Google has offered its critics yet another opportunity to compare the search giant to Big Brother. In a blog post defending its controversial proposal for an open Internet, the company presents, in a doublespeak-like manner, "facts" seemingly intended to refute "myths." Even a cursory read, however, reveals that some of the purported "myths" are quite factual -- and Google counters with supposed "facts" that could more accurately be labeled as "attempts to defend our decision to compromise with Verizon and exclude wireless broadband from our proposal."
In doing so, Google has managed to turn what could be a reasonable defense of its proposal into a laughable document in which the company tries to spin, distort, and generally confuse people into thinking that its previously tough stance on Net neutrality hasn't changed a bit, all the while explaining how it's changed and why.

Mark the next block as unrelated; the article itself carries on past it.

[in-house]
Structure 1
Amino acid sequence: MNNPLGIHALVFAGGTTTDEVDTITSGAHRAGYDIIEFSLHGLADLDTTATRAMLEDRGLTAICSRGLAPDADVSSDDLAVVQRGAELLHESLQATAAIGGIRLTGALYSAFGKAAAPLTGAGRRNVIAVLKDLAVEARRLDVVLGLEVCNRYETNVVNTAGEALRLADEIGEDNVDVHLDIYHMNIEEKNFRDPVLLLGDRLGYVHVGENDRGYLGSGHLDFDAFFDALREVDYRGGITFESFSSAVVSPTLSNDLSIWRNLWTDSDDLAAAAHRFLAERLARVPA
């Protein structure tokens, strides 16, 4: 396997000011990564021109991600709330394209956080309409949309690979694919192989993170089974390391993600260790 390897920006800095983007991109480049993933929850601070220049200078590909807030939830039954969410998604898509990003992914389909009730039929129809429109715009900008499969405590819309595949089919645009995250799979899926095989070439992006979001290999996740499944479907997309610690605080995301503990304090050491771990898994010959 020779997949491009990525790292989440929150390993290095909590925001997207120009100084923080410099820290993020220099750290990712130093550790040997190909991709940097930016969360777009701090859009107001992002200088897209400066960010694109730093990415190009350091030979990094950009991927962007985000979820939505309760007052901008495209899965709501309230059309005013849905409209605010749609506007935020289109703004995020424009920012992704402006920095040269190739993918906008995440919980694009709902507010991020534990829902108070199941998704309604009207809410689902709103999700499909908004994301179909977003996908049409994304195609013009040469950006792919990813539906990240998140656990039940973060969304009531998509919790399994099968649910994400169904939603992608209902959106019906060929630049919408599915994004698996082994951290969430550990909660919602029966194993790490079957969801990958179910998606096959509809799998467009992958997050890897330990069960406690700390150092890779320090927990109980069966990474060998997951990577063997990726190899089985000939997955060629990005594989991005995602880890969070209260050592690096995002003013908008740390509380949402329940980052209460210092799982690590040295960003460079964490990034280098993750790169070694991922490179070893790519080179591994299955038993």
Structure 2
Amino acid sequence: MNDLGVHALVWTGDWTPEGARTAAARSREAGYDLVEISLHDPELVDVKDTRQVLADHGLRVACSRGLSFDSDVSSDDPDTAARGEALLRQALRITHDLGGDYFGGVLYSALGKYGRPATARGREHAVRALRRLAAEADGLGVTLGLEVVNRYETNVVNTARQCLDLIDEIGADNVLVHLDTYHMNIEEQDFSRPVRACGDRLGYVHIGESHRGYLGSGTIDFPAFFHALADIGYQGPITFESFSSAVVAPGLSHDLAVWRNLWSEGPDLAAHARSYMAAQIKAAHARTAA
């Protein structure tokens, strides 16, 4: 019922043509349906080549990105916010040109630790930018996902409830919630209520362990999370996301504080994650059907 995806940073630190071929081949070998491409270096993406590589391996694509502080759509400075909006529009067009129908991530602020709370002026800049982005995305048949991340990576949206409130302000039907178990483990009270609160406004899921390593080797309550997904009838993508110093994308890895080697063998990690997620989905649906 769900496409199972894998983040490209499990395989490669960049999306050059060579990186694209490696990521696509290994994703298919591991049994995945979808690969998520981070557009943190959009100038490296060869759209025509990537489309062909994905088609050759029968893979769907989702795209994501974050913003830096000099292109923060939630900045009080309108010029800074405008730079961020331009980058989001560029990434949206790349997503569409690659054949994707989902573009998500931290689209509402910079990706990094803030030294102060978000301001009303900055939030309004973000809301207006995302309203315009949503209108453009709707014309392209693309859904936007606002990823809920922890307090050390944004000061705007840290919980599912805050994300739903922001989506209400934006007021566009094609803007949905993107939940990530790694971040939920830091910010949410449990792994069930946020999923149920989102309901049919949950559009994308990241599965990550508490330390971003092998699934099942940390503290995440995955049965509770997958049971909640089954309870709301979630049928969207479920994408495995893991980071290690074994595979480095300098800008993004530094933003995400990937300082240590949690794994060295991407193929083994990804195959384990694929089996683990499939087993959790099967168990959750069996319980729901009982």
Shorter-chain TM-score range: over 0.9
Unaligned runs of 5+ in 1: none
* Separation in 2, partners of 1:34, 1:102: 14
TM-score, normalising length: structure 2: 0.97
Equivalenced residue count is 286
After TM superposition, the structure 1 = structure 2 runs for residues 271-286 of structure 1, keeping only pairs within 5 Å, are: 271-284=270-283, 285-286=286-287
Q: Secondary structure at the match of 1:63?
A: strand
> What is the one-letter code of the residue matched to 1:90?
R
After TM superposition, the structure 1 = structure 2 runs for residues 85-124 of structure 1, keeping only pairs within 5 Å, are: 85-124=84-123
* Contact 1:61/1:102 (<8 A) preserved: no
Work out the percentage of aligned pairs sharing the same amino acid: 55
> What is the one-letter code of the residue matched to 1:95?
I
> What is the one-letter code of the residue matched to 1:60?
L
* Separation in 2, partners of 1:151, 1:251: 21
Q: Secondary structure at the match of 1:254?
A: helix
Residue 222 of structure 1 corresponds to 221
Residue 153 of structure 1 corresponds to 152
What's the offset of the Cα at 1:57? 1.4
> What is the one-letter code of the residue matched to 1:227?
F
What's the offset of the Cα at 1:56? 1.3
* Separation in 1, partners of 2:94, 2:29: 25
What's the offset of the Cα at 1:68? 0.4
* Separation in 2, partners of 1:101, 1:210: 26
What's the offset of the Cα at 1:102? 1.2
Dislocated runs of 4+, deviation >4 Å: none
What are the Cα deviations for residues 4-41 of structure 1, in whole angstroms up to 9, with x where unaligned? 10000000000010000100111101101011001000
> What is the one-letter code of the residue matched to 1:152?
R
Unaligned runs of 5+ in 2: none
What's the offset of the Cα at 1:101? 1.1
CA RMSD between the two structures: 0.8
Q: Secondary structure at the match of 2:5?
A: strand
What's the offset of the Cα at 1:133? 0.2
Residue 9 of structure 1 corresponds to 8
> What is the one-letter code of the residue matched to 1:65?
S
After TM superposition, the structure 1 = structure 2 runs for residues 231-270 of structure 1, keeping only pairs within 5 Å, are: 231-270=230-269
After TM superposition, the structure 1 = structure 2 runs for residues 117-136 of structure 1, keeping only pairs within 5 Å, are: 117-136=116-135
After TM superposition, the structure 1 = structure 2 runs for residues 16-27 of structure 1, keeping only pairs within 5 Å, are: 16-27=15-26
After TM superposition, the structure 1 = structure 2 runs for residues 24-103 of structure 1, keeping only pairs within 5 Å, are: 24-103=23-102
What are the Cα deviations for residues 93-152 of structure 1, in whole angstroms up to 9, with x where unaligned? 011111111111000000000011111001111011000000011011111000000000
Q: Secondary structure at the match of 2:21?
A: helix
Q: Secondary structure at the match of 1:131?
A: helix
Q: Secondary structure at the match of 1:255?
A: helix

[ Also on InfoWorld.com: When it comes to wireless, if Google wins, you lose. | Keep up on key mobile developments and insights with the Mobile Edge blog and Mobilize newsletter. ]
"We're not selling out, we're compromising." Google starts as follows: "Myth: Google has "sold out" on [Internet] neutrality." In response to this myth, Google presents as "fact" that, well, it sort of did sell out to Verizon by hammering out what Google admits is an imperfect solution. But Google assures us it sold out -- er, compromised, for a noble cause: protecting consumers who are currently suffering no protection whatsoever in terms of Net neutrality from the the feds. "With that in mind, we decided to partner with a major broadband provider on the best policy solution we could devise together. We're not saying this solution is perfect, but we believe that a proposal that locks in key enforceable protections for consumers is preferable to no protection at all."